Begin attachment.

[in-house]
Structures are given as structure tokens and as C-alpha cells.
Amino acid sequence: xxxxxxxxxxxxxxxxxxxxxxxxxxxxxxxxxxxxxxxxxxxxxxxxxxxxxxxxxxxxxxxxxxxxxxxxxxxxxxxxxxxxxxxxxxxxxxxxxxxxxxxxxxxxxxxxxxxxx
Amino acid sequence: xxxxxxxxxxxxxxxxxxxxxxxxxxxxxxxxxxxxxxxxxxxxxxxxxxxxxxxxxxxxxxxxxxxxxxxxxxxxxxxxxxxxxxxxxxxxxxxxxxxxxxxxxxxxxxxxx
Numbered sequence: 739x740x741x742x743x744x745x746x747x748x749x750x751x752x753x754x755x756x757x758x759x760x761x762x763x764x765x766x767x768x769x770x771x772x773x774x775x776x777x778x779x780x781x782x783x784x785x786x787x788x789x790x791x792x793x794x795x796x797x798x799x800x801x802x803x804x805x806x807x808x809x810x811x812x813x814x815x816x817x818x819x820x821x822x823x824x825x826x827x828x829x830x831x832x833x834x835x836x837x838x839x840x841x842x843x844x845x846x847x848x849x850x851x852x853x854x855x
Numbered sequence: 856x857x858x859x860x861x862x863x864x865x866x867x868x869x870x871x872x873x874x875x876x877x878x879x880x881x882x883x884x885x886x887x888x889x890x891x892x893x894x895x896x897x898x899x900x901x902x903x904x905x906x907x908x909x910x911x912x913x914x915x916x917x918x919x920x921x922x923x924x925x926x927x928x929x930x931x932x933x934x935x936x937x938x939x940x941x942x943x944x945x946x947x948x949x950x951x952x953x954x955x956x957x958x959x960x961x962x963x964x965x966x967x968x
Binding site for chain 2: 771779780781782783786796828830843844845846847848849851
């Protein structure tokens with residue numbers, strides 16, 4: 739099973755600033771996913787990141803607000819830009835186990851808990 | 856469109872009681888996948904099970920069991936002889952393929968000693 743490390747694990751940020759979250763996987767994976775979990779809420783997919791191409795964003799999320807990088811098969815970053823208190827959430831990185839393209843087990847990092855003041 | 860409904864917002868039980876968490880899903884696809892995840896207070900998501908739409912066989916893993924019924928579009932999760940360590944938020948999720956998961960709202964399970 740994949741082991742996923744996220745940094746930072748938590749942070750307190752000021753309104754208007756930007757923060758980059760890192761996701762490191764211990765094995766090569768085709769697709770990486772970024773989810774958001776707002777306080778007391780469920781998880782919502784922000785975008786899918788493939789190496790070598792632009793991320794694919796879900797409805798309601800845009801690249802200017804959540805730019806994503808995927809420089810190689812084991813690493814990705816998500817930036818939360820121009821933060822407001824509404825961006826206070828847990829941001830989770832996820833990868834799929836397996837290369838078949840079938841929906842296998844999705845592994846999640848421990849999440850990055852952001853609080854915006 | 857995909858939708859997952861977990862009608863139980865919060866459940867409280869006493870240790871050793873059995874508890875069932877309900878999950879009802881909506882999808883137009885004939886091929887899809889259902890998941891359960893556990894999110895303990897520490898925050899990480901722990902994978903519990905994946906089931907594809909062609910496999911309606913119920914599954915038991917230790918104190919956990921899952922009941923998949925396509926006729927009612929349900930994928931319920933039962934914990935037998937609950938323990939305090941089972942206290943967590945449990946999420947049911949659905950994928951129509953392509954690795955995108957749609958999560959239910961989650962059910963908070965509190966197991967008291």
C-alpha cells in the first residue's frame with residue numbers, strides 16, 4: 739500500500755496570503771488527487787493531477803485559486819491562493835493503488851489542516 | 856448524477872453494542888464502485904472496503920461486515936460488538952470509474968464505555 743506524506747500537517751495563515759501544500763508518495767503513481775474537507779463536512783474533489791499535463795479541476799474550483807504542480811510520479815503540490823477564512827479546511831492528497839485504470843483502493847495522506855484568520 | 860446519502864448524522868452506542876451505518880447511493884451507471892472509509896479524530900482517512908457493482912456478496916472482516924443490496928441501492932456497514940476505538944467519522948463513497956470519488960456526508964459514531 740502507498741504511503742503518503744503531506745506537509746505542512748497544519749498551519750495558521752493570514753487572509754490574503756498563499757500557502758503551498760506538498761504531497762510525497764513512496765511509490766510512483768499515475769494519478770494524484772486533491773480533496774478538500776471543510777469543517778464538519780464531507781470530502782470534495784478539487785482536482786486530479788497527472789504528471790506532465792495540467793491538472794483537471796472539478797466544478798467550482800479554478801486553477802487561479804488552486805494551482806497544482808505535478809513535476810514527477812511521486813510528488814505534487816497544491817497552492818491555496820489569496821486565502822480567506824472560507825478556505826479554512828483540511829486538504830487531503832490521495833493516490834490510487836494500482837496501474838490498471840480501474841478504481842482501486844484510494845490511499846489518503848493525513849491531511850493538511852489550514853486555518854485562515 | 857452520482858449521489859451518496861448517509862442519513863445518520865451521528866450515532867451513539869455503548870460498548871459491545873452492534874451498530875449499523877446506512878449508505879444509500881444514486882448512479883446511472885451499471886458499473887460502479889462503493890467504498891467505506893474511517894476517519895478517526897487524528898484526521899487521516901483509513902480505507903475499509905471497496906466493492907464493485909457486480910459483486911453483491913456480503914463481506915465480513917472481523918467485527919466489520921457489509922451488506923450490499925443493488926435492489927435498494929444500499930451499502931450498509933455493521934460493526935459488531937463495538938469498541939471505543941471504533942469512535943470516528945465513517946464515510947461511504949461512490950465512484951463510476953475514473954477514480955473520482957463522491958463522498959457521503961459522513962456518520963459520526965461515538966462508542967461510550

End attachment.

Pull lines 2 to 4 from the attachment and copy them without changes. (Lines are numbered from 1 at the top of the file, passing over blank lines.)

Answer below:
Structures are given as structure tokens and as C-alpha cells.
Amino acid sequence: xxxxxxxxxxxxxxxxxxxxxxxxxxxxxxxxxxxxxxxxxxxxxxxxxxxxxxxxxxxxxxxxxxxxxxxxxxxxxxxxxxxxxxxxxxxxxxxxxxxxxxxxxxxxxxxxxxxxx
Amino acid sequence: xxxxxxxxxxxxxxxxxxxxxxxxxxxxxxxxxxxxxxxxxxxxxxxxxxxxxxxxxxxxxxxxxxxxxxxxxxxxxxxxxxxxxxxxxxxxxxxxxxxxxxxxxxxxxxxxx